Pixel Envy

Written by Nick Heer.

Amazon Order Emails No Longer Include Item Details

Michael Tsai quotes two tweets; first, from Paul Rosania:

Amazon order confirmations and shipment notifications no longer include any item details. I could not for the life of me figure out why they would do this. They’re not scored on MAUs, they don’t need me to click through. Then I realized: is it so Google can’t see my order data?

Next, Andrew Chen of Andreessen Horowitz and formerly leading the “Rider Growth” team at Uber:

My guess – it’s not for google, but bc there’s email analytics cos that estimate sales of individual products based on parsing emails

At Uber, we used parsed competitor receipt data to estimate for instance, airport mkt share %, short trips mkt share etc

Chen is referring to email apps like Edison and inbox tidying services like Unroll.me, which scrape your messages for receipts and invoices used to create market trend reports. It wasn’t too long ago that many people found it outrageous that Google was using the contents of their Gmail inboxes to serve ads; now, people are willingly passing their entire email setup through marketing data companies. I think this is partly because people have become somewhat complacent with the erosion of their privacy, but I also think there is validity in a theory articulated by Cabel Sasser in response to Edison’s syncing bug last month:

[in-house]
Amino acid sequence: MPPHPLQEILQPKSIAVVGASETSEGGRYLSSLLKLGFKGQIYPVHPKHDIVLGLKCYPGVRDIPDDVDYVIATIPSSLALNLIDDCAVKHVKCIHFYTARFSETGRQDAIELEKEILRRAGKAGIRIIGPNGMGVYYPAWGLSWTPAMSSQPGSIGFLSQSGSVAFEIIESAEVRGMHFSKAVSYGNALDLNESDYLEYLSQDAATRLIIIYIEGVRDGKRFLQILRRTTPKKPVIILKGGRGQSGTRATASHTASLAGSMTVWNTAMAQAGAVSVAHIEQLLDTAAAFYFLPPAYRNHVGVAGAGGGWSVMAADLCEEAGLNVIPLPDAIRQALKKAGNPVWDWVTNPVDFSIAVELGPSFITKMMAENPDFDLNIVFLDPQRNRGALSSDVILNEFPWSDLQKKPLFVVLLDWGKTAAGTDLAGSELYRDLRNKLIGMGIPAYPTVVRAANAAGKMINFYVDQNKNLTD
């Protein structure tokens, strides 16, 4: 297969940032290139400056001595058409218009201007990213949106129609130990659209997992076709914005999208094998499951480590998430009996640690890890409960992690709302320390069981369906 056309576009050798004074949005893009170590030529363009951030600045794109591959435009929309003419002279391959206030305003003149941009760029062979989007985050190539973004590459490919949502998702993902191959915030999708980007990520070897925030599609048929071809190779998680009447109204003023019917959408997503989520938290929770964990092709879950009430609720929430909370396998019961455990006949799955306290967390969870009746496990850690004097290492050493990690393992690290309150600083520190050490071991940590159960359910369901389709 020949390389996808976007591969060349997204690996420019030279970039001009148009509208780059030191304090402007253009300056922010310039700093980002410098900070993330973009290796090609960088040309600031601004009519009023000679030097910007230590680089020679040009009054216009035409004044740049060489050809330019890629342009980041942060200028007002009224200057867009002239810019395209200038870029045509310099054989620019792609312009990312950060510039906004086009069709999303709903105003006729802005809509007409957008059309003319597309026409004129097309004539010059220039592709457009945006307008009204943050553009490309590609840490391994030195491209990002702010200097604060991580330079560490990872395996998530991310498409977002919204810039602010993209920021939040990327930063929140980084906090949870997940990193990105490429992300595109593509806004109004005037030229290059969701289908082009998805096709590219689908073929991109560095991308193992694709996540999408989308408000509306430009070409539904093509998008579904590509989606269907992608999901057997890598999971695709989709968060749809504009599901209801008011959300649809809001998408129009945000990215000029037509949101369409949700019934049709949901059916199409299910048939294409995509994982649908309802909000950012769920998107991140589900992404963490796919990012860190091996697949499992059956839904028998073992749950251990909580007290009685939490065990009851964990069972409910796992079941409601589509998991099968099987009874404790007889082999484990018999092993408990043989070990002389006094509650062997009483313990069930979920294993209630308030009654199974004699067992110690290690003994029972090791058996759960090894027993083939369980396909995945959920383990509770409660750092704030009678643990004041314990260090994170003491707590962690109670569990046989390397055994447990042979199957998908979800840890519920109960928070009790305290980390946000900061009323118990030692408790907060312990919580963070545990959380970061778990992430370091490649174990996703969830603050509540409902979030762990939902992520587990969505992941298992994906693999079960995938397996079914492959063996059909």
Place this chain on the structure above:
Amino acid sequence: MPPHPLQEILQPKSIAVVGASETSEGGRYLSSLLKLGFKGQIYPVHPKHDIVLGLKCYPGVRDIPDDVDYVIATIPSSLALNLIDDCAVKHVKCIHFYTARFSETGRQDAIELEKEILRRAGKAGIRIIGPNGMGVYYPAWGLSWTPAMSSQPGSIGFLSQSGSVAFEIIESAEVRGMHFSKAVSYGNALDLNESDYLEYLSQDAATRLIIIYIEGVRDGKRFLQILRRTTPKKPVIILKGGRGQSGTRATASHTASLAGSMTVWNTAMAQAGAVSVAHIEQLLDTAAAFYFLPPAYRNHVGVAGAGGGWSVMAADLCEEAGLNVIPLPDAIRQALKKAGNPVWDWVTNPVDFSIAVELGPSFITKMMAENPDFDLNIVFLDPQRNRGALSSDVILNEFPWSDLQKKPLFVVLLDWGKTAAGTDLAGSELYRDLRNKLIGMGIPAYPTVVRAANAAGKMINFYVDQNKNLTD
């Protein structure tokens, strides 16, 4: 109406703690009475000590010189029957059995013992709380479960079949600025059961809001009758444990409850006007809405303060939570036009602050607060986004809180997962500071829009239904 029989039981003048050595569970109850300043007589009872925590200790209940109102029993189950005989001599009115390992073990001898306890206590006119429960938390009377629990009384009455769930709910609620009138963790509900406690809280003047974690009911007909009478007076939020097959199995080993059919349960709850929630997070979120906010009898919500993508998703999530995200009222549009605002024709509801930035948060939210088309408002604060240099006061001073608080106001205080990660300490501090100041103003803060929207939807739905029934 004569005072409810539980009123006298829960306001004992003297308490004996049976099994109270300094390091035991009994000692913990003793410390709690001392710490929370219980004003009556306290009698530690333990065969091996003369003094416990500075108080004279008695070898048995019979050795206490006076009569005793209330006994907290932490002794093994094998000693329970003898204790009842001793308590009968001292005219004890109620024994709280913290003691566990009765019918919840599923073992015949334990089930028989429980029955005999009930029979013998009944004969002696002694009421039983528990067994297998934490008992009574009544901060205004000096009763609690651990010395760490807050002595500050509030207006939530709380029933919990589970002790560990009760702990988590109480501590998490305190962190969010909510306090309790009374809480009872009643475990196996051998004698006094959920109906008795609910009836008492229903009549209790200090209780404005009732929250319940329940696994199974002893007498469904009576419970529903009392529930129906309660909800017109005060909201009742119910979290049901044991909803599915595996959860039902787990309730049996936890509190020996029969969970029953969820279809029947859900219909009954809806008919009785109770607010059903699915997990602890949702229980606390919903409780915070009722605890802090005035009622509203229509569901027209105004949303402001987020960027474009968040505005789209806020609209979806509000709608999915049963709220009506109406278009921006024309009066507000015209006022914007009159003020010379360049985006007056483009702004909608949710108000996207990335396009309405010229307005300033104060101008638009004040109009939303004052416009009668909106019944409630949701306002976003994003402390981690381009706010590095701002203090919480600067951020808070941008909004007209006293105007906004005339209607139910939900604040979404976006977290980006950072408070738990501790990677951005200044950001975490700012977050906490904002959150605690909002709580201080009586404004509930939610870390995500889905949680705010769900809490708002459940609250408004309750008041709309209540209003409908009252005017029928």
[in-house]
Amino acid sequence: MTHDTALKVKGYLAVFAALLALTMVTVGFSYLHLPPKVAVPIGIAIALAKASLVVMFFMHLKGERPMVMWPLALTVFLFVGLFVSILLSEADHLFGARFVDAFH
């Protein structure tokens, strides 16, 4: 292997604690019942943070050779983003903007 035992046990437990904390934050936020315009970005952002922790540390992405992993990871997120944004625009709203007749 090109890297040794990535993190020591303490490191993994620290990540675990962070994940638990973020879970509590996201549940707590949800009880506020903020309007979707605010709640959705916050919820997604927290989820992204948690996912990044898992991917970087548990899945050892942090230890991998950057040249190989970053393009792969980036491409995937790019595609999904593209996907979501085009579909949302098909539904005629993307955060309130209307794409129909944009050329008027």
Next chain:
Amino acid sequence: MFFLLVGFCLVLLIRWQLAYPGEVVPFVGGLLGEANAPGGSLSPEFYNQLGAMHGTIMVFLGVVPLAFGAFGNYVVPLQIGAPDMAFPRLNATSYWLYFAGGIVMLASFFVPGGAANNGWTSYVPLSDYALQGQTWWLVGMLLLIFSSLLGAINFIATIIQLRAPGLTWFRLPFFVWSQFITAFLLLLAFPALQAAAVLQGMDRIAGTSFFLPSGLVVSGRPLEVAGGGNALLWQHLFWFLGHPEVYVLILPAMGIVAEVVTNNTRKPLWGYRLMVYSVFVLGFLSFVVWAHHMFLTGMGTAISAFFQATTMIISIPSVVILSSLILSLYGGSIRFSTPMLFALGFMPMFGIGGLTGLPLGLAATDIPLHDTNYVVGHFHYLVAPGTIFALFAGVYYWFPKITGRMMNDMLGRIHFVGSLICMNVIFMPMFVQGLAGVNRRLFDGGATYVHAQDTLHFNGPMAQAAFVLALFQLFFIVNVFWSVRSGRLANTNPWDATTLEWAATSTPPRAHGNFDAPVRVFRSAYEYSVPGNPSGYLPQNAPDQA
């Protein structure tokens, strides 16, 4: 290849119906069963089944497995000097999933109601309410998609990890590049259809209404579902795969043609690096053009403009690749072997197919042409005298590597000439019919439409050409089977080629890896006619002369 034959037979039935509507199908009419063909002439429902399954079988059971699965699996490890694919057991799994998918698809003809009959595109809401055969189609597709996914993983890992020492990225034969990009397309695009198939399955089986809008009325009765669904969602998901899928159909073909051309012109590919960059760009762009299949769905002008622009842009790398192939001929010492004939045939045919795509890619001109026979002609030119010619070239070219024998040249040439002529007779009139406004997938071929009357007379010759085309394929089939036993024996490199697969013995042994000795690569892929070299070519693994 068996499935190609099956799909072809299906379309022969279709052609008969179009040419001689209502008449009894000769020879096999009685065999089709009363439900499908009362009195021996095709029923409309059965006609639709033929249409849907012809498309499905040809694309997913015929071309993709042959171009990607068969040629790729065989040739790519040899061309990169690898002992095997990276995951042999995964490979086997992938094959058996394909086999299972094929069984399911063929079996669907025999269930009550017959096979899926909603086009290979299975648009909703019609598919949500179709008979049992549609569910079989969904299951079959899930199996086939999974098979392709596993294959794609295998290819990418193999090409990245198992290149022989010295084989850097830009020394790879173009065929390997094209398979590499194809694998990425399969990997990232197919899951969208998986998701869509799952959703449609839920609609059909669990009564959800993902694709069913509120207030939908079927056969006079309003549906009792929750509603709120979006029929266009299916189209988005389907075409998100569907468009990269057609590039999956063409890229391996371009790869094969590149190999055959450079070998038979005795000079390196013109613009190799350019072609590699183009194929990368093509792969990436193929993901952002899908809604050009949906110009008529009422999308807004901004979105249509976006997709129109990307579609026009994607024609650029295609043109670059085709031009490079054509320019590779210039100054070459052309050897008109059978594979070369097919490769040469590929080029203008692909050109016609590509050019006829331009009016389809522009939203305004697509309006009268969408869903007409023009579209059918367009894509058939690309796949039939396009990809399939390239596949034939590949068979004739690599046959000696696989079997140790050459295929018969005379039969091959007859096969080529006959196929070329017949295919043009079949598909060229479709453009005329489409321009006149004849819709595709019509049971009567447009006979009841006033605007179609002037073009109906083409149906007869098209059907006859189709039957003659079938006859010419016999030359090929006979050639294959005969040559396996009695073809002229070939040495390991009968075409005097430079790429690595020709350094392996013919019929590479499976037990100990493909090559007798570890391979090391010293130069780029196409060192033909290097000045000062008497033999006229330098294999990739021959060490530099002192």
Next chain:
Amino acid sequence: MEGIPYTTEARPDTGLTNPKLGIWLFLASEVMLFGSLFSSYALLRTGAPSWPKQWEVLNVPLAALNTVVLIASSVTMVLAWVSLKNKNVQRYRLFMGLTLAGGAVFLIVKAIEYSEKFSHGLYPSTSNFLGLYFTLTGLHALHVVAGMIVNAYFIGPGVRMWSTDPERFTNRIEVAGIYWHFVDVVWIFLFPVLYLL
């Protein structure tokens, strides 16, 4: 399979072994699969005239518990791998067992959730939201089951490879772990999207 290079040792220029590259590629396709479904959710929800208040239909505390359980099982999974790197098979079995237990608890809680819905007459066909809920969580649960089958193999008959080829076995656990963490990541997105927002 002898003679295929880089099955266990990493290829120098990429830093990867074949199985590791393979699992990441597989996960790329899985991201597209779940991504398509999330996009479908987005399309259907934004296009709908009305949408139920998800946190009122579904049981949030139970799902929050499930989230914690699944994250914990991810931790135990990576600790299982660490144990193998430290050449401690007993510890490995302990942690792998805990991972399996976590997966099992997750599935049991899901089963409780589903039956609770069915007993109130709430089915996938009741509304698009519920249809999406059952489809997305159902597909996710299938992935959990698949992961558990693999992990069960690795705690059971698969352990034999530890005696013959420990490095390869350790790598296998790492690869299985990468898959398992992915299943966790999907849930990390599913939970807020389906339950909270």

What an interesting butterfly effect

Apple wants to preserve your battery life > email clients can’t check in the background > email clients set up servers to store credentials and check email to push notify you of new email > everyone’s email now exposed to huge security vector.

Apple obviously did not create this market, but its actions and priorities have likely encouraged its growth. Same, too, could be said of the App Store’s longstanding race-to-the-bottom prices that have only recently begun to turn around with widespread use of subscriptions.

To be clear: I am not claiming that, had the App Store encouraged similar app prices as on desktop computers and had background daemons been allowed, that this market would not exist. So long as personal data has value and meaningful privacy rules are absent, it seems inevitable that products will be invented to strip mine information through inventive sources. But the tradeoff of better battery life and less expensive apps does not come without a price.

It turns out that Amazon’s detail deficient email notifications are privacy-friendly, in a sense, but it’s Amazon’s sales data that is being protected.